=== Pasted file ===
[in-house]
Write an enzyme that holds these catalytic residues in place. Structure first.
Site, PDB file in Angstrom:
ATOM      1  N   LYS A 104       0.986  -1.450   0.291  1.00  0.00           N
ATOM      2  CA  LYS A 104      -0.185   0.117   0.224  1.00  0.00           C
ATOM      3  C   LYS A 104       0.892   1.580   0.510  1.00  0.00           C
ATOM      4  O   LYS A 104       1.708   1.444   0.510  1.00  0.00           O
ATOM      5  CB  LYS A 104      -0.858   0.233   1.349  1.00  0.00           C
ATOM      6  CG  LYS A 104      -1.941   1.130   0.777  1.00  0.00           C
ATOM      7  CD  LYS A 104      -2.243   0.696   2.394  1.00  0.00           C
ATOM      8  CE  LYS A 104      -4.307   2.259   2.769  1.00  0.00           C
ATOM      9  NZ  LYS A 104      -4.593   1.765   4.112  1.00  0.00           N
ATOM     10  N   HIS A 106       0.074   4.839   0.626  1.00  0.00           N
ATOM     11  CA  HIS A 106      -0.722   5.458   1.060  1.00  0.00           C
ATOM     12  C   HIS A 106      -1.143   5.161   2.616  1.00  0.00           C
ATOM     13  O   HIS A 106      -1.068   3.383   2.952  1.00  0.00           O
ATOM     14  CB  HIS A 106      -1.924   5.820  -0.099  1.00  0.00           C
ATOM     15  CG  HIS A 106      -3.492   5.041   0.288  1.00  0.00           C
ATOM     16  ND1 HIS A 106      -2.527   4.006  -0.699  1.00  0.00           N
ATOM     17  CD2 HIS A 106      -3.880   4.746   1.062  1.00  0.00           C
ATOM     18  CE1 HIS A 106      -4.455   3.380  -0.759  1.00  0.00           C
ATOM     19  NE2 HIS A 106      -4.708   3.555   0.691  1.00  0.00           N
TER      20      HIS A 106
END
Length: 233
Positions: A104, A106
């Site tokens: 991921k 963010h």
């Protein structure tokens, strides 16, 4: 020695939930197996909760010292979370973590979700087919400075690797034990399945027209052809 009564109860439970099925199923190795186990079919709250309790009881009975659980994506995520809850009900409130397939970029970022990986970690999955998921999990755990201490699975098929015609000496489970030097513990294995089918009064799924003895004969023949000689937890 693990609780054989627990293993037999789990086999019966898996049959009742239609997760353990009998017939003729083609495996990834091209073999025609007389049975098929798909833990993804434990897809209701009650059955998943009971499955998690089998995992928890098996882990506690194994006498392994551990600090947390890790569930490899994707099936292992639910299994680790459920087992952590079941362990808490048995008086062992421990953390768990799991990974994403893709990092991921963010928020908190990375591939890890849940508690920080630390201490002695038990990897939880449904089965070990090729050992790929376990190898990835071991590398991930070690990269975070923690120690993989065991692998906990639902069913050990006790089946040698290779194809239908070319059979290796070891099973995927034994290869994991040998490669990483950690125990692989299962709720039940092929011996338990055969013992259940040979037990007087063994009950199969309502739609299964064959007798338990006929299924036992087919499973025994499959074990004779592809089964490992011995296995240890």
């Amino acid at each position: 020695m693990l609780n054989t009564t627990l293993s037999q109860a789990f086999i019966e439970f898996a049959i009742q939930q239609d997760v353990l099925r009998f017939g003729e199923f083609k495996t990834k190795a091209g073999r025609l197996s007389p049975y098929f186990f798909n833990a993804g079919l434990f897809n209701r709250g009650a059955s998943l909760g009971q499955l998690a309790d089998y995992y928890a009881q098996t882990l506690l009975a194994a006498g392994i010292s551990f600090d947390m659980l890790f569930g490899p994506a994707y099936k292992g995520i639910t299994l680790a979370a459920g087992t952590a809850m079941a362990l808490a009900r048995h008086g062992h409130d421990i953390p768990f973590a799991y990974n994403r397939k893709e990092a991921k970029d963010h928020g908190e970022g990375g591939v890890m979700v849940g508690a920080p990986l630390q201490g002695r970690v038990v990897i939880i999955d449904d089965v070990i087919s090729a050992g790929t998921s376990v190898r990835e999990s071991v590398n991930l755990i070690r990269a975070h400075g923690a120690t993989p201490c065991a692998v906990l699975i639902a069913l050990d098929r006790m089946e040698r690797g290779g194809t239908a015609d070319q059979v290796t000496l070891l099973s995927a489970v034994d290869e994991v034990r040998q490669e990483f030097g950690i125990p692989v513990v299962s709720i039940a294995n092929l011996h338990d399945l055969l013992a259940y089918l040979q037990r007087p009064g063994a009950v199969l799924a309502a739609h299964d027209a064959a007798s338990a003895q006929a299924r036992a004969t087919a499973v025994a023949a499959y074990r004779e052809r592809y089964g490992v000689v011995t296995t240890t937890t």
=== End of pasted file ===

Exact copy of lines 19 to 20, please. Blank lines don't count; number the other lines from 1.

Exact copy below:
ATOM     16  ND1 HIS A 106      -2.527   4.006  -0.699  1.00  0.00           N
ATOM     17  CD2 HIS A 106      -3.880   4.746   1.062  1.00  0.00           C